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Whaling on trial

Following the exposure of a whale meat embezzlement scandal in Japan by Greenpeace activists in 2008, I was brought in to support communications work around the court case the Japanese government subsequently brought against activists Junichi Sato and Toru Suzuki.

Whaling on Trial (Greenpeace)

Whaling on Trial (Greenpeace)

The “Tokyo Two” went on trial in early 2010, in what would be an unprecedented court case and political prosecution. Sato and Suzuki were arrested on accusations of “theft” and “trespass” for their part in intercepting a box of whale meat embezzled by workers from Japan’s controversial Southern Ocean whaling programme. They handed the box over to authorities requesting a full investigation, but were instead arrested themselves and put on trial.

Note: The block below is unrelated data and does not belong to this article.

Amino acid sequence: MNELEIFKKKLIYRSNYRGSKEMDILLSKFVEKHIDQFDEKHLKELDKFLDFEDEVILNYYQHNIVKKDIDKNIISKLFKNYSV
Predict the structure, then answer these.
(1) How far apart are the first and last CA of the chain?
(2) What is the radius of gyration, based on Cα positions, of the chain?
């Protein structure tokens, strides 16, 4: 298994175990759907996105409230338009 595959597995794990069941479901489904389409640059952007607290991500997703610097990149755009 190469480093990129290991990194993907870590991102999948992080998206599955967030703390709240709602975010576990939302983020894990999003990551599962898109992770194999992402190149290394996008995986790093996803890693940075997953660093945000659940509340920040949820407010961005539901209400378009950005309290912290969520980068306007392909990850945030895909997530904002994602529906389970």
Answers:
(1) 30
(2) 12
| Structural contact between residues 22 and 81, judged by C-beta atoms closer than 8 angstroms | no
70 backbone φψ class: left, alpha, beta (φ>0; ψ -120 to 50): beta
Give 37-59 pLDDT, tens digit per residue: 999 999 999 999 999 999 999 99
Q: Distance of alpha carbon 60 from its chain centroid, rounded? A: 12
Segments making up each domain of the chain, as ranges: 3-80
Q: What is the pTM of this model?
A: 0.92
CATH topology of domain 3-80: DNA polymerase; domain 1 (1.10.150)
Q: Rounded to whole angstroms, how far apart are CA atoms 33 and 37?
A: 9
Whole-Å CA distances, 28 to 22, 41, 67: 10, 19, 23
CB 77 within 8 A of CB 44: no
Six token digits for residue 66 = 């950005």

The two were eventually found guilty, but were vindicated soon after the court verdict when Fisheries Agency officials admitted the corruption the Tokyo Two exposed happened, apologised and imposed disciplinary actions on the staff invovled.

Japan’s actions on the case were specifically and formally condemned by the UN Human Rights Council’s Working Group on Arbitrary Detention, as it failed to adhere to international law and agreements, as well as its own domestic laws.

The case is detailed here in Whaling on Trial.


Press releases:



Images from the Whaling on Trial campaign here.

Whaling coverageCoverage of the trial was consistent and broad for the two plus years I worked on it, with Reuters, AFP, AP, The Guardian, The BBC, CNN, Al Jazeera, The Christian Science Monitor, The Japan Times, The New York Times, The LA Times, The Independent, The Times, The Irish Times, The Australian, The Sydney Morning Herald, ABC Australia and many more carrying the story.

ABC Australia’s Foreign Correspondent won an award for its feature on the trial, titled “The Catch” .

Featured image by Jeremy Sutton-Hibbert / Greenpeace.

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